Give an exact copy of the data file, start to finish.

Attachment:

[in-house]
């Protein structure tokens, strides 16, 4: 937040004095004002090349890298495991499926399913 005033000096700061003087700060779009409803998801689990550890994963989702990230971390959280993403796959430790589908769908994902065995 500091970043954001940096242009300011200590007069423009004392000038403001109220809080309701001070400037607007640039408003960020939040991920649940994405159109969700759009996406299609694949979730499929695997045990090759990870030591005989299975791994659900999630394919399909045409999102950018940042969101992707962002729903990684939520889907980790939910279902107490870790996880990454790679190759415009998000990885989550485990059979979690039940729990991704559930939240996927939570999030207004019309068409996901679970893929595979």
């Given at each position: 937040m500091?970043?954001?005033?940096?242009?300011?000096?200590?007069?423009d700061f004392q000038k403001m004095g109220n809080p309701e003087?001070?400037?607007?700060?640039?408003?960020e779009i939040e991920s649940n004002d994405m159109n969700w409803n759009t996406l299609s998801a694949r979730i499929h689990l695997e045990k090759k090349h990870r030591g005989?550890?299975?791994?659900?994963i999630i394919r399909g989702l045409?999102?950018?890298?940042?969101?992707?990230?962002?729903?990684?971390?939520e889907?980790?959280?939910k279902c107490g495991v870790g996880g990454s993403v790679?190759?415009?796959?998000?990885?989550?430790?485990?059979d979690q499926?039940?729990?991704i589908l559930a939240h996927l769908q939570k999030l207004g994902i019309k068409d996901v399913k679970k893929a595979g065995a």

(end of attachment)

[in-house]
């Protein structure tokens, strides 16, 4: 937040004095004002090349890298495991499926399913 005033000096700061003087700060779009409803998801689990550890994963989702990230971390959280993403796959430790589908769908994902065995 500091970043954001940096242009300011200590007069423009004392000038403001109220809080309701001070400037607007640039408003960020939040991920649940994405159109969700759009996406299609694949979730499929695997045990090759990870030591005989299975791994659900999630394919399909045409999102950018940042969101992707962002729903990684939520889907980790939910279902107490870790996880990454790679190759415009998000990885989550485990059979979690039940729990991704559930939240996927939570999030207004019309068409996901679970893929595979």
């Given at each position: 937040m500091?970043?954001?005033?940096?242009?300011?000096?200590?007069?423009d700061f004392q000038k403001m004095g109220n809080p309701e003087?001070?400037?607007?700060?640039?408003?960020e779009i939040e991920s649940n004002d994405m159109n969700w409803n759009t996406l299609s998801a694949r979730i499929h689990l695997e045990k090759k090349h990870r030591g005989?550890?299975?791994?659900?994963i999630i394919r399909g989702l045409?999102?950018?890298?940042?969101?992707?990230?962002?729903?990684?971390?939520e889907?980790?959280?939910k279902c107490g495991v870790g996880g990454s993403v790679?190759?415009?796959?998000?990885?989550?430790?485990?059979d979690q499926?039940?729990?991704i589908l559930a939240h996927l769908q939570k999030l207004g994902i019309k068409d996901v399913k679970k893929a595979g065995a």